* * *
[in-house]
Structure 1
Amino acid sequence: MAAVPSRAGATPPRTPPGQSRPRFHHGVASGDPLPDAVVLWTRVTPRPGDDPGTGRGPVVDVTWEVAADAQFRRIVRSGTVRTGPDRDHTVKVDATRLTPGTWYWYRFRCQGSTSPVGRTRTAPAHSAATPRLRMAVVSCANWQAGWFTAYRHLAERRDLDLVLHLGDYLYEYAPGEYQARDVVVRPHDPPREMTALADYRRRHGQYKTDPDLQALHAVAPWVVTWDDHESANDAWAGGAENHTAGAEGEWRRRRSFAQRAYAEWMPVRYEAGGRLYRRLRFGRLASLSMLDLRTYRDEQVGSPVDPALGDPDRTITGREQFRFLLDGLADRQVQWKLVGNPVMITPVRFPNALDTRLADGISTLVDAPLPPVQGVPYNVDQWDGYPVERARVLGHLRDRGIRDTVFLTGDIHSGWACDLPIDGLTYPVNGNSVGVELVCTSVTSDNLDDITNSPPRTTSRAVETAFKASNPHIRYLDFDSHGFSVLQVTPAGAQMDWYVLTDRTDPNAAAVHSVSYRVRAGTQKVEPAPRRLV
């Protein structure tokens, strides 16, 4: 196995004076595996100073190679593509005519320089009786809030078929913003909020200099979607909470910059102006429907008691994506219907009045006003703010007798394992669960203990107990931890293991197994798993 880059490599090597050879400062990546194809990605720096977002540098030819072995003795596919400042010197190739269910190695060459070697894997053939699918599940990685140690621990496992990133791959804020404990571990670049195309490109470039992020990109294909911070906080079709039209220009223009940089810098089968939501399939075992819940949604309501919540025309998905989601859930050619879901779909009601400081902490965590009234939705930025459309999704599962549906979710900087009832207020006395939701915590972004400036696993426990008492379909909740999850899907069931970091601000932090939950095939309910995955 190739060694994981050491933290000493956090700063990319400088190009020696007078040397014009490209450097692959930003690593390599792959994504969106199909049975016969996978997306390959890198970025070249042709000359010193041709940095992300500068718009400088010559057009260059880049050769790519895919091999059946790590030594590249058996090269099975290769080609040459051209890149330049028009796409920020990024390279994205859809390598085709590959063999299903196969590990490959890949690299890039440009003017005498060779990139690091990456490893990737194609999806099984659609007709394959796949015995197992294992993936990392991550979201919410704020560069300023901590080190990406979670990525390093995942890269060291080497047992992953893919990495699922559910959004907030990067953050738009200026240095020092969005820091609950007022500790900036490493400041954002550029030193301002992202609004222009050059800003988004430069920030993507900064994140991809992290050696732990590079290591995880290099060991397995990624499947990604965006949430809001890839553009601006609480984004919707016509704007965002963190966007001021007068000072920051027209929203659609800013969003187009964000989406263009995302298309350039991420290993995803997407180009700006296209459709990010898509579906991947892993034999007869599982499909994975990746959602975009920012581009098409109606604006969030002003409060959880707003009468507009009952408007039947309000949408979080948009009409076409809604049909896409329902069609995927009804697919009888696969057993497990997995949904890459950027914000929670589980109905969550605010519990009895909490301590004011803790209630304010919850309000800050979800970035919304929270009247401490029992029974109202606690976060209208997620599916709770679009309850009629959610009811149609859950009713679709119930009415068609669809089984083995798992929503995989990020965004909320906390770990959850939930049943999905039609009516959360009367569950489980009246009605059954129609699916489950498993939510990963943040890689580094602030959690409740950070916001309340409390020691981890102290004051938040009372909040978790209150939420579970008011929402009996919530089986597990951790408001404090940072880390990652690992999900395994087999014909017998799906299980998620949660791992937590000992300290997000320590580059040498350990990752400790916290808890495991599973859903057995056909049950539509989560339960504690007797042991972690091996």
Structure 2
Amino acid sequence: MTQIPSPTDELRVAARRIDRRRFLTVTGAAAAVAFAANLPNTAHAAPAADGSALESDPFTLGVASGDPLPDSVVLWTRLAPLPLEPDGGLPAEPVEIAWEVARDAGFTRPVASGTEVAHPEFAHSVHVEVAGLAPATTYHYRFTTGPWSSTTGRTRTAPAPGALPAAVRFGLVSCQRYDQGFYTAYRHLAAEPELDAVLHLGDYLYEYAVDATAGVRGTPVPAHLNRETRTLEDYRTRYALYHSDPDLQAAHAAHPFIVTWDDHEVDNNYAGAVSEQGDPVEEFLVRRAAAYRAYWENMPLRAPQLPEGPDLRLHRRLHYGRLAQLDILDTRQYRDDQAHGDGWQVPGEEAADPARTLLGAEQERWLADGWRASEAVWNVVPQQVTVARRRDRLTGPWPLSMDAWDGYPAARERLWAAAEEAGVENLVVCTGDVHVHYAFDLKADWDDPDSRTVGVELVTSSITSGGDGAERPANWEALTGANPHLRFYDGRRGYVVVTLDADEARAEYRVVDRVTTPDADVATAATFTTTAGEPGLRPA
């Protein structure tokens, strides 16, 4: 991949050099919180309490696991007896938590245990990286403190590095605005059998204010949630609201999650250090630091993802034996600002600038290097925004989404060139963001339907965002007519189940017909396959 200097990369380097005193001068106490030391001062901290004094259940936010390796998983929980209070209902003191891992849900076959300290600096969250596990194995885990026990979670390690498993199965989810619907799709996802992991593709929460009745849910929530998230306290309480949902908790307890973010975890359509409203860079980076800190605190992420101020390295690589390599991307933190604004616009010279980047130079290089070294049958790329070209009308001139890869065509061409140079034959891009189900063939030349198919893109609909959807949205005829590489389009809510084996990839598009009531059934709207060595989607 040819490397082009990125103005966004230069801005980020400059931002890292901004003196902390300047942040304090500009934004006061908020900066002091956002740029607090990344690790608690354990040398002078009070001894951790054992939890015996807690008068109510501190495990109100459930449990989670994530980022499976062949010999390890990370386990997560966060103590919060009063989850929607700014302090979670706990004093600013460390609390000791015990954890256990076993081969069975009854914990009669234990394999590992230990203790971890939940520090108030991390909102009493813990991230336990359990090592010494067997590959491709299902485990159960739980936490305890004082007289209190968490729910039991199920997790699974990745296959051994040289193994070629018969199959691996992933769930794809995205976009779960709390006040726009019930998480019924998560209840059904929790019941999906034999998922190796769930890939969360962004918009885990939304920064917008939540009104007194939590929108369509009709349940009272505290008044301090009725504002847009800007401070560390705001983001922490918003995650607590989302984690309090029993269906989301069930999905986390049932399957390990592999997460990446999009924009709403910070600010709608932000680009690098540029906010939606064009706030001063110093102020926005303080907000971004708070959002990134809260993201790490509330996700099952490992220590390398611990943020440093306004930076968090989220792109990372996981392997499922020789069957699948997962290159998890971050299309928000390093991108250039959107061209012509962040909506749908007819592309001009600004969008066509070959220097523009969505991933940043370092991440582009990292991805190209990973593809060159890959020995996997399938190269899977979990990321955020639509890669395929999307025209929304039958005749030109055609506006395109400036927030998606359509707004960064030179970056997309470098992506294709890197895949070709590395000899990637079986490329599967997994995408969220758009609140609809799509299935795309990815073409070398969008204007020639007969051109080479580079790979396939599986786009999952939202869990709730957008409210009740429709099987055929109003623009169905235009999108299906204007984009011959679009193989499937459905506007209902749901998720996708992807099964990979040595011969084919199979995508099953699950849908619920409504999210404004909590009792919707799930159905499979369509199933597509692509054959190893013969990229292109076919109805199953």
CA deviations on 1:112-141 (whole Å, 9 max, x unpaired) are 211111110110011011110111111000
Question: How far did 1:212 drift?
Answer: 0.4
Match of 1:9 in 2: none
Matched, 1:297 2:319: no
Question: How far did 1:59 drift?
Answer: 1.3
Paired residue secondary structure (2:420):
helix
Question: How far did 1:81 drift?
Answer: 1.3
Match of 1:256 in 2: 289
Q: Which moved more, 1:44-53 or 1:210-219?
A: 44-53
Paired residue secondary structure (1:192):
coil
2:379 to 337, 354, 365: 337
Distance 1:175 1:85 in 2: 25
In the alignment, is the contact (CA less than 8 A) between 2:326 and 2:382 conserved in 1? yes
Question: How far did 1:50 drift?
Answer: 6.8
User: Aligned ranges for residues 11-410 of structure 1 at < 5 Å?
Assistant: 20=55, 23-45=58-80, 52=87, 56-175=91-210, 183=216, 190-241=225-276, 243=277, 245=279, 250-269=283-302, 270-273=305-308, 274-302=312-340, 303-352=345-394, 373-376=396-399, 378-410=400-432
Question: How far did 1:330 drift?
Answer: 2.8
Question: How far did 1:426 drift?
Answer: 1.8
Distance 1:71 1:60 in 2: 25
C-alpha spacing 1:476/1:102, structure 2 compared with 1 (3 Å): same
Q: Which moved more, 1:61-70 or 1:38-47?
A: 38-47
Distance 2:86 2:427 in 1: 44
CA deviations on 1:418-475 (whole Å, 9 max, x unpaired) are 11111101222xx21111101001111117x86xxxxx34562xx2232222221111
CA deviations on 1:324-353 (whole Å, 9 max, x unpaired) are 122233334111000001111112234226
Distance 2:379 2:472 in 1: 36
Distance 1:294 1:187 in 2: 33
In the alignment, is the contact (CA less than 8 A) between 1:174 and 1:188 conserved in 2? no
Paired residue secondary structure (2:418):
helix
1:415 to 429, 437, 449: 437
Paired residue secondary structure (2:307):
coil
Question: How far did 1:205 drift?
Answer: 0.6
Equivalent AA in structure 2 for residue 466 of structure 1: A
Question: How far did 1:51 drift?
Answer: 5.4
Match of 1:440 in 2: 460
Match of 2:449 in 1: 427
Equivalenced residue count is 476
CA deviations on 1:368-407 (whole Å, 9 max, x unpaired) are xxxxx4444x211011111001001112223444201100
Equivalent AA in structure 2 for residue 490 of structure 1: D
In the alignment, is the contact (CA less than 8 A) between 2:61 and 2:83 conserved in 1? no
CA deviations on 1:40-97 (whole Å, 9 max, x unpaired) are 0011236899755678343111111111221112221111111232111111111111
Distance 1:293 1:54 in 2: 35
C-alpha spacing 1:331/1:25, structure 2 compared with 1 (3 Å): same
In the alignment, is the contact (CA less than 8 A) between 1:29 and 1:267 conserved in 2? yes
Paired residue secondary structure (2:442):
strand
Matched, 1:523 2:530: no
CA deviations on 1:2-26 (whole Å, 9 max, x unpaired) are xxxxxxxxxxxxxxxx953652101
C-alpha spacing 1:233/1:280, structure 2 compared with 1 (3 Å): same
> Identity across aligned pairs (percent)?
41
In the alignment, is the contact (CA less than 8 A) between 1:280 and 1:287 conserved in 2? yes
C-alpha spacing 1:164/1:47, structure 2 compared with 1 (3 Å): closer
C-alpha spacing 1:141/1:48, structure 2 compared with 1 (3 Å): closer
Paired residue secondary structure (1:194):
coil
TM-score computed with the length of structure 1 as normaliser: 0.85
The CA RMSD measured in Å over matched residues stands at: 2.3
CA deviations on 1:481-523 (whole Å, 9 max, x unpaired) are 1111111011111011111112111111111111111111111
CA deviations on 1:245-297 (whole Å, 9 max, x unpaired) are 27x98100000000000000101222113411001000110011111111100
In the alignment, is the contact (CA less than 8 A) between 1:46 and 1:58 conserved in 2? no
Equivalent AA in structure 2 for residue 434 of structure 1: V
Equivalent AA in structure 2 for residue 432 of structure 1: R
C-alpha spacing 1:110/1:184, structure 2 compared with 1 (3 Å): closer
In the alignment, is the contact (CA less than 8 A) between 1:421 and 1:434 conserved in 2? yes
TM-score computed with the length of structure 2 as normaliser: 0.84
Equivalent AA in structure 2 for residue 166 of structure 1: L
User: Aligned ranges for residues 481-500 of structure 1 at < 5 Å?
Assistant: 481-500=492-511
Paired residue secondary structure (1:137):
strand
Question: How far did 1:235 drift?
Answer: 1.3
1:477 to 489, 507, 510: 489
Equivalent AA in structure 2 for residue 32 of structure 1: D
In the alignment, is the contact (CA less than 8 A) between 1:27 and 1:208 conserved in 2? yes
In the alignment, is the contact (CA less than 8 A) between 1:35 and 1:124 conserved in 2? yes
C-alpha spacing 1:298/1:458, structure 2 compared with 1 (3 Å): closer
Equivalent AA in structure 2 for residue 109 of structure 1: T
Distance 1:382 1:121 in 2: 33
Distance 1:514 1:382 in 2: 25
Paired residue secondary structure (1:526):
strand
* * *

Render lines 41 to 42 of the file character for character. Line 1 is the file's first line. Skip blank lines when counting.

CA deviations on 1:324-353 (whole Å, 9 max, x unpaired) are 122233334111000001111112234226
Distance 2:379 2:472 in 1: 36